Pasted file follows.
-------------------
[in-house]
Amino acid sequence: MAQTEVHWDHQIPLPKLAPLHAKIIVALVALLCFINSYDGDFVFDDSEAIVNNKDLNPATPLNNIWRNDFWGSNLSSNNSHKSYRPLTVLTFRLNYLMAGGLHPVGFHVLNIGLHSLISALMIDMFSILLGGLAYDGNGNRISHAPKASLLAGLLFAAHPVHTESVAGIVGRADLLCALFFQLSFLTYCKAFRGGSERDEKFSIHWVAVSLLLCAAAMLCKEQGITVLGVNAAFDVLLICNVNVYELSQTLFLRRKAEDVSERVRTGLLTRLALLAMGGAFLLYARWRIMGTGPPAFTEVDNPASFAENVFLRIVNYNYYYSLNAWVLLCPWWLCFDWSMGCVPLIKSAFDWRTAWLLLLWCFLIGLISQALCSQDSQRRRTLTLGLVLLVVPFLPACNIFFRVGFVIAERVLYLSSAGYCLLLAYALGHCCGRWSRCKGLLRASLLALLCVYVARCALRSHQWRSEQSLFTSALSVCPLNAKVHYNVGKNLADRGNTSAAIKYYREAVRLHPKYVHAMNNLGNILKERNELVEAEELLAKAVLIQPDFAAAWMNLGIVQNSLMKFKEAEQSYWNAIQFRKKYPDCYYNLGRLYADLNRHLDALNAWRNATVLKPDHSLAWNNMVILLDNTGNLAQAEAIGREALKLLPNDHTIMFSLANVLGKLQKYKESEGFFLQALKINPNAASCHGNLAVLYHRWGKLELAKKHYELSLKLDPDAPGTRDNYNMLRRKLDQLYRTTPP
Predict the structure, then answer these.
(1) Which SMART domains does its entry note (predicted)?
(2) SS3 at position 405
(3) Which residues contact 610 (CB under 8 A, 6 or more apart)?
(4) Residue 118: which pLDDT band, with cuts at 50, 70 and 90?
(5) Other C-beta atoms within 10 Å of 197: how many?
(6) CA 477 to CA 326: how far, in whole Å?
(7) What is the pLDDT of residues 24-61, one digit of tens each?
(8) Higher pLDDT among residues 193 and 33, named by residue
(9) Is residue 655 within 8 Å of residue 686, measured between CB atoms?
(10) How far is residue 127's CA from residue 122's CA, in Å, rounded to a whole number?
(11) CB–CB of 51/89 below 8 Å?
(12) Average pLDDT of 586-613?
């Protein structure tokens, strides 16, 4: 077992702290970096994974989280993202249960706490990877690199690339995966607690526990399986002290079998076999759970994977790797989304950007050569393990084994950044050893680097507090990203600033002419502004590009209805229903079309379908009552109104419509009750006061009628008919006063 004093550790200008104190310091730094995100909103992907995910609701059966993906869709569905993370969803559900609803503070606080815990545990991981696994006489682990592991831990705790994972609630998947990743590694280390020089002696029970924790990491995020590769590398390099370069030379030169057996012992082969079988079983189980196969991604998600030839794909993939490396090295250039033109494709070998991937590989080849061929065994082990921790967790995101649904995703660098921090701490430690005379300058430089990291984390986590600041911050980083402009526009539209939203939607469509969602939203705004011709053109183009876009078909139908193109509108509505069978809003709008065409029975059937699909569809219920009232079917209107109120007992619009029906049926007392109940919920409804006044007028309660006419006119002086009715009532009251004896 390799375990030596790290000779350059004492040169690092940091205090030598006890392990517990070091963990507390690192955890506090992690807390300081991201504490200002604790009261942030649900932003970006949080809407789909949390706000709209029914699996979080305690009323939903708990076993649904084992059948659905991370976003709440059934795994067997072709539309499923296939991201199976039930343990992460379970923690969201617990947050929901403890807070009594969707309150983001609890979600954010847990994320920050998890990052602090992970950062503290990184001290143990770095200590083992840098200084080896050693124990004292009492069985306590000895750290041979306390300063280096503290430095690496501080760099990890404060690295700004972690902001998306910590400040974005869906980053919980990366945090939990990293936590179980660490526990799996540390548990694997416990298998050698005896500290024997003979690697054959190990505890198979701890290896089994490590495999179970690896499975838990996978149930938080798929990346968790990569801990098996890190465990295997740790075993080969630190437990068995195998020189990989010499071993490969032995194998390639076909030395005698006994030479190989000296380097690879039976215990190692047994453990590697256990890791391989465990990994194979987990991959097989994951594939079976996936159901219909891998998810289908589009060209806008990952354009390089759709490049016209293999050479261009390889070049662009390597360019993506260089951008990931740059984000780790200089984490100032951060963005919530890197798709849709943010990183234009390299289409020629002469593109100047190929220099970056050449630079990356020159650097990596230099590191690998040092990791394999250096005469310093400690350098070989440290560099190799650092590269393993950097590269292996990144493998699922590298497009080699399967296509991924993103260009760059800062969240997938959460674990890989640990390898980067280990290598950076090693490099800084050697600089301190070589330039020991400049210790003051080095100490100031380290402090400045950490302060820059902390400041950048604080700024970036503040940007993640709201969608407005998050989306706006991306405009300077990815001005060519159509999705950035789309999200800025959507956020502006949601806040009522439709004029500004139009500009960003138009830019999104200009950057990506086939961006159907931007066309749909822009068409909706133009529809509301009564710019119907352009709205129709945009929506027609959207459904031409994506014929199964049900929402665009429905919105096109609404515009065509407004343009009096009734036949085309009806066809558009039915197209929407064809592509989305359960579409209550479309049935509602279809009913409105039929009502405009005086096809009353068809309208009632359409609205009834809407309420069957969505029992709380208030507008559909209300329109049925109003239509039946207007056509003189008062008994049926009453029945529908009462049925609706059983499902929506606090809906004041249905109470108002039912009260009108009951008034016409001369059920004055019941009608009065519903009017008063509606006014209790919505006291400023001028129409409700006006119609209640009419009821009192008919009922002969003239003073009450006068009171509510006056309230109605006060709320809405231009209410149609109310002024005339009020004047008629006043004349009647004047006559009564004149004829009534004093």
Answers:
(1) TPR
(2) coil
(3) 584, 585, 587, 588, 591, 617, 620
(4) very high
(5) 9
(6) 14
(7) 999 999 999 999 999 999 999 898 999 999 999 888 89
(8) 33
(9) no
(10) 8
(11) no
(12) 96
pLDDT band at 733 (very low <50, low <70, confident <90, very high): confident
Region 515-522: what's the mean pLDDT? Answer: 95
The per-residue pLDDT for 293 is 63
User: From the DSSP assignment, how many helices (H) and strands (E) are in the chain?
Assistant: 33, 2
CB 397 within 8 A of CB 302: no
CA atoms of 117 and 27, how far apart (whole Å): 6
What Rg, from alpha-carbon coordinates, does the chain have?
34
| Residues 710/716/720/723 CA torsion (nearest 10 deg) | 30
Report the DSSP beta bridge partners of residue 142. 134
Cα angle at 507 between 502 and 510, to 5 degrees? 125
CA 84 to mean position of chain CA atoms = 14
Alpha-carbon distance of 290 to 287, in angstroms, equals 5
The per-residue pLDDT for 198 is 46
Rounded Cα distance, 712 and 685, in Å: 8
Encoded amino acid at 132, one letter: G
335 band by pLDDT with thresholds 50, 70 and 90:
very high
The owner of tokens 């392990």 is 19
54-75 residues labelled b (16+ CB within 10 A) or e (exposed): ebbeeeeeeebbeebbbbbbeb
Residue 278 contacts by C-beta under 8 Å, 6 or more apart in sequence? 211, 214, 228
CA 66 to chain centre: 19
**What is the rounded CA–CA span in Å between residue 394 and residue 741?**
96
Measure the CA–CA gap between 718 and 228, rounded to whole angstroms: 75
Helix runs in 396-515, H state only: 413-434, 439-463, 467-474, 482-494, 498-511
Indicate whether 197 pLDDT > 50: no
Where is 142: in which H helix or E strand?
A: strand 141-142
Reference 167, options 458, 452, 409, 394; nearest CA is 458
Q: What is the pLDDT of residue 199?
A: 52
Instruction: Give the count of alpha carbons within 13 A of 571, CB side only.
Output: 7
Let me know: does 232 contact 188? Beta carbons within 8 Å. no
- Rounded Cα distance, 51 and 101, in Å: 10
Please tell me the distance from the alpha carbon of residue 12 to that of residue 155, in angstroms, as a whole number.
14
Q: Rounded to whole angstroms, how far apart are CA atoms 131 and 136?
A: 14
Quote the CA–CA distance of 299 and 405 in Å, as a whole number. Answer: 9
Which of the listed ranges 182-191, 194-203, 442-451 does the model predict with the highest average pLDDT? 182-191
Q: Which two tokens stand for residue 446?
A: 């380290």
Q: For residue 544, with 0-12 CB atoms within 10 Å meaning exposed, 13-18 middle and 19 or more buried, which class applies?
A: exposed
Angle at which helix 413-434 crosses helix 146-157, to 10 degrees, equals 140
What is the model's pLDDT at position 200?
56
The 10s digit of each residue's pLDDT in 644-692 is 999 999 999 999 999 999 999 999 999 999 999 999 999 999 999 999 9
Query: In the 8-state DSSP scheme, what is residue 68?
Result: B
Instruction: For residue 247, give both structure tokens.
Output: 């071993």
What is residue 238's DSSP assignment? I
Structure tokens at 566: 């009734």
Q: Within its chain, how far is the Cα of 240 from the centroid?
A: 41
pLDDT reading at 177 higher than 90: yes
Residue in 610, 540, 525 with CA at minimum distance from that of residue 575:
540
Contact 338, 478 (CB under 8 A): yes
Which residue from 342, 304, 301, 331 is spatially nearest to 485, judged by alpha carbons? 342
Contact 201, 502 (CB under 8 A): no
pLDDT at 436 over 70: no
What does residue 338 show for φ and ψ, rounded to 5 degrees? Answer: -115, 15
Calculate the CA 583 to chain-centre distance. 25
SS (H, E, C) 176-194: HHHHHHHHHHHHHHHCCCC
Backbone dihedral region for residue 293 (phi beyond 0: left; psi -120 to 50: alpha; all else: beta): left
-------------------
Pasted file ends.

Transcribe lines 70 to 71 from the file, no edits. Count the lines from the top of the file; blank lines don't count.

A: 14
Quote the CA–CA distance of 299 and 405 in Å, as a whole number. Answer: 9